Housing recovery decidedly lopsided

by Ryan Smith06 Jul 2015
The U.S. housing market seems to be on the road to recovery from the 2008 financial meltdown, with both new and existing home sales hitting post-crisis highs in recent weeks. But that recovery has been lopsided, according to a new study.

“Housing is definitely on the road to recovery, Zillow chief economist Stan Humphries told Yahoo Finance in a recent interview. “It’s been a little bit of see-saw this spring with some months up and some months down, but the long-term trend in both existing and new home sales (has) been positive. Home sales are starting to moderate and we are starting to see normal home buyers come back into the marketplace.”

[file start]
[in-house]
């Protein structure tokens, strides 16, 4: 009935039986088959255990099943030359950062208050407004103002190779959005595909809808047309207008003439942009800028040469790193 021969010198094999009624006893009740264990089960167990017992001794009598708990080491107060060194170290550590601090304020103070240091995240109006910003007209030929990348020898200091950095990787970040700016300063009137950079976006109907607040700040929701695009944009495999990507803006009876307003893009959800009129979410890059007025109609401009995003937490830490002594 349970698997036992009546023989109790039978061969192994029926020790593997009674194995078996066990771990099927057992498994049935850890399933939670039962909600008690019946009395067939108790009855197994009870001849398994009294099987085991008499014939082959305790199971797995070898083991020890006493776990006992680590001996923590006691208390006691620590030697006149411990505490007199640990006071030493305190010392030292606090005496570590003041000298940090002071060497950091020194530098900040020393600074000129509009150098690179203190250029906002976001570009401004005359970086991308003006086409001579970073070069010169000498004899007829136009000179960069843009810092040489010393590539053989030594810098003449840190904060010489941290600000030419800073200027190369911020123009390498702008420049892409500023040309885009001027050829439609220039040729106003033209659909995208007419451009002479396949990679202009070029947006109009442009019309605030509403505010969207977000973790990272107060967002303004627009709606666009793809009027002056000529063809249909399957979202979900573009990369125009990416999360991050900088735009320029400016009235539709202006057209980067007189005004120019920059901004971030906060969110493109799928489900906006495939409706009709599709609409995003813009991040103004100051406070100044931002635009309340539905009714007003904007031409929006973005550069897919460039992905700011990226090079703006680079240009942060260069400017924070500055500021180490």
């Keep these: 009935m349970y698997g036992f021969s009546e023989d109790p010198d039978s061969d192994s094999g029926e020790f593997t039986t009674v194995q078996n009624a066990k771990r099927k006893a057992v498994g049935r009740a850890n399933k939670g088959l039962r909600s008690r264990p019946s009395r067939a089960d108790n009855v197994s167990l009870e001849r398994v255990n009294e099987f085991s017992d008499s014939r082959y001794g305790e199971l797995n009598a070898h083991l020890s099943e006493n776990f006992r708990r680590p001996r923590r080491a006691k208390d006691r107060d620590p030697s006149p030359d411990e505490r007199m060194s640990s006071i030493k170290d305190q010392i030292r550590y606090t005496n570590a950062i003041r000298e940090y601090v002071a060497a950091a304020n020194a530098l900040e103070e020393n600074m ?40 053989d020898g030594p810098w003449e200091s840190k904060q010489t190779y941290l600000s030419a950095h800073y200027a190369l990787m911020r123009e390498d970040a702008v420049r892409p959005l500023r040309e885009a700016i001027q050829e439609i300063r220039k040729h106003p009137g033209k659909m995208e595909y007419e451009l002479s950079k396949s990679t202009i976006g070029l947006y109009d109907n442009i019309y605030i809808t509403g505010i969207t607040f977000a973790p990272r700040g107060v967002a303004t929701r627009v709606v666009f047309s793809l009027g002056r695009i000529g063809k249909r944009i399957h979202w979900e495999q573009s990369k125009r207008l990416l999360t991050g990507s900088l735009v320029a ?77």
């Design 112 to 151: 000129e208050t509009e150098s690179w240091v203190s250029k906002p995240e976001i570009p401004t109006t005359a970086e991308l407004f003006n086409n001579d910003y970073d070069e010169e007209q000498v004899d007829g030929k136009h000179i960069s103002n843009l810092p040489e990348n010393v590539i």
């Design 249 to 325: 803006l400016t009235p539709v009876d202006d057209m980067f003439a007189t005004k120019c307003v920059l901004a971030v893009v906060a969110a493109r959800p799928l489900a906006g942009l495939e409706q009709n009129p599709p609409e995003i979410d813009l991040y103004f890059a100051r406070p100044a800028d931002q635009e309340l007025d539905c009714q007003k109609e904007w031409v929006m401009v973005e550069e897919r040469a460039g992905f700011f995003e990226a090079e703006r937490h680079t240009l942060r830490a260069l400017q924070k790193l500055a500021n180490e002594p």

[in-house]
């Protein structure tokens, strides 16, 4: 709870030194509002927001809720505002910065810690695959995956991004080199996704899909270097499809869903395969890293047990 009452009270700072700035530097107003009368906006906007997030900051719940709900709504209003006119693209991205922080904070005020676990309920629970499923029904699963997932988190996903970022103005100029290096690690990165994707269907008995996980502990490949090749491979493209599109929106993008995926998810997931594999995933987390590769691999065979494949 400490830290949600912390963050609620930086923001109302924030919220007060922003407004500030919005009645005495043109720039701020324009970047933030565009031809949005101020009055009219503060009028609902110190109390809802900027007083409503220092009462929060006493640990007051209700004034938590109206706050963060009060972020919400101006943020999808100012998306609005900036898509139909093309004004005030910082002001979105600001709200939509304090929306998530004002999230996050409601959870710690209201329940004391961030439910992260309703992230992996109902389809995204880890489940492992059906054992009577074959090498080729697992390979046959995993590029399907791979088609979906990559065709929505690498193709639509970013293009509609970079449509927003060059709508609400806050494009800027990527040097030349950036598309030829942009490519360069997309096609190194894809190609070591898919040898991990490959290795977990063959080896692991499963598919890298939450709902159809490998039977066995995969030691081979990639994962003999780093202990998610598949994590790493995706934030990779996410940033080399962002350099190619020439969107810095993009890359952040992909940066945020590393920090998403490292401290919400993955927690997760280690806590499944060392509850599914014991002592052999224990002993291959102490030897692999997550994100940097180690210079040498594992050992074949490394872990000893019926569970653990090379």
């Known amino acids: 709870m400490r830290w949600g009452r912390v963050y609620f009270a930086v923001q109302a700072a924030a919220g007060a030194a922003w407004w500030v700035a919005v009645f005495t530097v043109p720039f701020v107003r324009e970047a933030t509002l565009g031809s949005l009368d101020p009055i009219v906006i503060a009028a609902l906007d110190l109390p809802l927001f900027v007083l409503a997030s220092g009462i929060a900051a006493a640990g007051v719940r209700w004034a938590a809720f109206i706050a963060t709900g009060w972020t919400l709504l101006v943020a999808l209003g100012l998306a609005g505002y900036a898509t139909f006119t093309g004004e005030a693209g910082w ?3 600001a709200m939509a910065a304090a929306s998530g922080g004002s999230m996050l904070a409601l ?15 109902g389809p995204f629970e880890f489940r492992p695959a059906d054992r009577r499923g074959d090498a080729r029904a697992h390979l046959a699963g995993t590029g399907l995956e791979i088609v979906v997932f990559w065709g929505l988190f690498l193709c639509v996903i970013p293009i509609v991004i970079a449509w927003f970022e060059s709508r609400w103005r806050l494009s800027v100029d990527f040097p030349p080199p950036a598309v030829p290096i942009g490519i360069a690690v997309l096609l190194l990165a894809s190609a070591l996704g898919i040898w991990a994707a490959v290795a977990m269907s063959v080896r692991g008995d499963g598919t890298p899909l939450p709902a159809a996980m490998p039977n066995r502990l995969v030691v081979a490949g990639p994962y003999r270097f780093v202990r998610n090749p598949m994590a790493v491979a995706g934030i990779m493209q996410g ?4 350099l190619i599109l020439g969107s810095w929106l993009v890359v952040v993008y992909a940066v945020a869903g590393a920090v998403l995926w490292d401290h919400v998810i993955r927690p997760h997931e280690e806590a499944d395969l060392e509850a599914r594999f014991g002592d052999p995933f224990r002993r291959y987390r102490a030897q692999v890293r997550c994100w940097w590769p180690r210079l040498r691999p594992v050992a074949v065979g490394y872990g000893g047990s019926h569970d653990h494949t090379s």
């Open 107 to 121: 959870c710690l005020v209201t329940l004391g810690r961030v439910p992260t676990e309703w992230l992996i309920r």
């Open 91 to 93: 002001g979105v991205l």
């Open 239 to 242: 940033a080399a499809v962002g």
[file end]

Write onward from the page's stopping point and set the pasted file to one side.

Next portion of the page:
Humphries said “normal” meant that there were more first-time buyers in the market and fewer all-cash purchases.

However, a study by CoreLogic suggests that the recovery has been decidedly lopsided. The data firm found that the housing rebound has been centered primarily on more expensive homes. According to the study, 15% of homes under $200,000 were underwater at the end of March, compared to just 6% of more expensive homes.

Homes in the bottom third of the price continuum have also had a harder time recovering price than those in the top third, Yahoo Finance reported. Between 2006 and 2015, the median value of bottom-third homes in the U.S. dropped 13% to $101,900. Those in the top third fell only 4.5% to $325,800.

“Because of that, you find that you’re three times more likely to be underwater on your mortgage if you’re in the bottom one-third of the housing stock,” Humphries told Yahoo Finance. “This is a real problem that creates real inventory problems for that class of housing.”


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